Figure 2. Dynamic light scattering to characterize the heat-induced aggregation behavior of 1 g·L−1 OVA dissolved in 0.1 M NaCl (pH 6.9) and heated in a quartz glass cuvette at 72°C for 25 h. (A) Aggregation kinetics. (B) Size distribution after heating for 0, 1, and 24 h.

Flux Decline During the Purification of Protein Aggregates

The filtration of OVA aggregates in the chitosan-clarified Y. lipolytica cell lysate caused the flux to decline by 90% in the first 10 min (Figure 3). After 2 h, the flux became constant indicating that the fouling phenomena had reached steady-state equilibrium. The flux value declined from 348.37 L·m−2·h−1 at the start of filtration to 14.74 L·m−2·h−1 when this steady-state was achieved. This loss of performance highlights the importance of characterizing membrane fouling during the ultrafiltration of protein aggregates.


Figure 3. Filtration of 0.5 g·L−1 OVA aggregates in 1 g CDW·L−1 lysate at 1.5 bar TMP using a 50 nm cut-off ceramic membrane.

Resistance-In-Series Analysis

To evaluate the contribution of fouling to the total filtration resistance, the feed solution (0.5 g·L−1 OVA aggregates in 1 g CDW·L−1 lysate) was divided into components with individual expected fouling characteristics. First, the membrane resistance (RM) was determined by the filtration of pure water over the TMP range 0.5–1.5 bar. From the slope of the function, the resistance calculated using Equation (1) was 1.26 ± 0.04 × 1011 m−1. Pure water flux was the criterion used to confirm complete membrane cleaning, so the data from every experiment contributed to this value. The membrane resistance was also determined by the filtration of 0.1 M NaCl (RM2). This second method yielded a comparable membrane resistance, with a minor difference in total resistance. The resistance caused by the gel layer of protein aggregates (Rg) and the adsorption of lysate proteins on the membrane surface (Ra), as well as the total filtration resistance of the feed solution (Rtotal) were calculated from the steady-state fluxes of the corresponding filtrations using Equation (1). Subtraction of the membrane resistance resulted in the partial resistances listed in Table 3.


Table 3. Partial resistances determined by resistance-in-series analysis.

The highest resistance was recorded for the filtration of OVA aggregates, indicating that the resistance solely caused by aggregates was 67% higher than the total resistance determined in the filtration of aggregates mixed with lysate. The filtration of lysate alone showed nearly the same resistance value as the feed solution. The membrane resistance was two orders of magnitude lower. The fouling caused by OVA aggregates was therefore analyzed in more detail given its dominant effect on the overall resistance.

Influence of TMP on OVA Aggregate Filtration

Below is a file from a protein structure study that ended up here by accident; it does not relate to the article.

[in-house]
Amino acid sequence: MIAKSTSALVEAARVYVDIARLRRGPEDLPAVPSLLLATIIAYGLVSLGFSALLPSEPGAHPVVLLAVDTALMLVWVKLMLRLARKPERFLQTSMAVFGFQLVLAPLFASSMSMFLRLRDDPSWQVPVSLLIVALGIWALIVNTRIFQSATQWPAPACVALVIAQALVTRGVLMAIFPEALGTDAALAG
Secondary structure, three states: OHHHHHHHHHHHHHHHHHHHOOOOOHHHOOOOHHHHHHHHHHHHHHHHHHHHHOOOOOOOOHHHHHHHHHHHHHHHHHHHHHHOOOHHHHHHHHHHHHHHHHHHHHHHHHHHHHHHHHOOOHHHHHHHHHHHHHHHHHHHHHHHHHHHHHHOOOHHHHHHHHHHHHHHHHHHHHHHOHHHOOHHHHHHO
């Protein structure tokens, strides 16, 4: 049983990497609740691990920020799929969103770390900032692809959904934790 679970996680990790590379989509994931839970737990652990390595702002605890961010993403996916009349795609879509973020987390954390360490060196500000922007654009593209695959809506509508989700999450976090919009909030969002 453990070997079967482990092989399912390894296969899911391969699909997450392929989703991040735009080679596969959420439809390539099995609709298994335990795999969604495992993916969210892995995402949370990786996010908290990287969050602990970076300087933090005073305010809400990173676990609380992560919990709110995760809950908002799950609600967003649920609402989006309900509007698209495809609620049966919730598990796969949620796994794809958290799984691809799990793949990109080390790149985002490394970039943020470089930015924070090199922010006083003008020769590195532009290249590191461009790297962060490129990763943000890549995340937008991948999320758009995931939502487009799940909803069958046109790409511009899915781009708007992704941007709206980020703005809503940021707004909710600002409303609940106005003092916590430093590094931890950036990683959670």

The steady-state flux increased in a non-linear manner as the TMP increased, heading toward a limit of 12 L·m−2·h−1 (Figure 4). However, there was a linear relationship between TMP and filtration resistance. In order to keep the resistance low while maintaining a high flux, we selected a TMP of 1.5 bar to investigate the influence of aggregate concentration on the filtration flux.


Figure 4. Filtration of 0.5 g·L−1 OVA aggregate solution using a 50 nm cut-off ceramic membrane at different TMPs. The linear fit of total filtration resistance correlated with the TMP (R2 = 0.9988).

Influence of Concentration on OVA Aggregate Filtration

Due to the mechanism of concentration polarization, protein concentration plays a significant role in the formation of the gel layer. For the gel polarization model, steady-state flux is based on the assumption of a gel layer with a constant concentration, which can be determined by linear regression of steady-state flux vs. the logarithmic protein concentration. For our filtration data, there was insufficient fit (adj. R2 = 0.8350) for the logarithmic equation of the gel polarization model (Supplementary Figure 1) but we observed a linear correlation for the double logarithmic plot (Figure 5). The resulting power equation described the steady-state flux as a function of the aggregate concentration with a good correlation (adj. R2 = 0.9988). This equation allowed us to derive operating ranges for the concentration of protein aggregates. For lower concentrations of OVA aggregates, high steady-state fluxes can be achieved. For example, a concentration of 1 g·L−1 resulted in a steady-state flux of 6.68 L·m−2·h−1, whereas higher concentrations would lead to unfavorably low fluxes. The equation indicated that increasing the concentration by a factor of 10 would reduce the flux by 85%.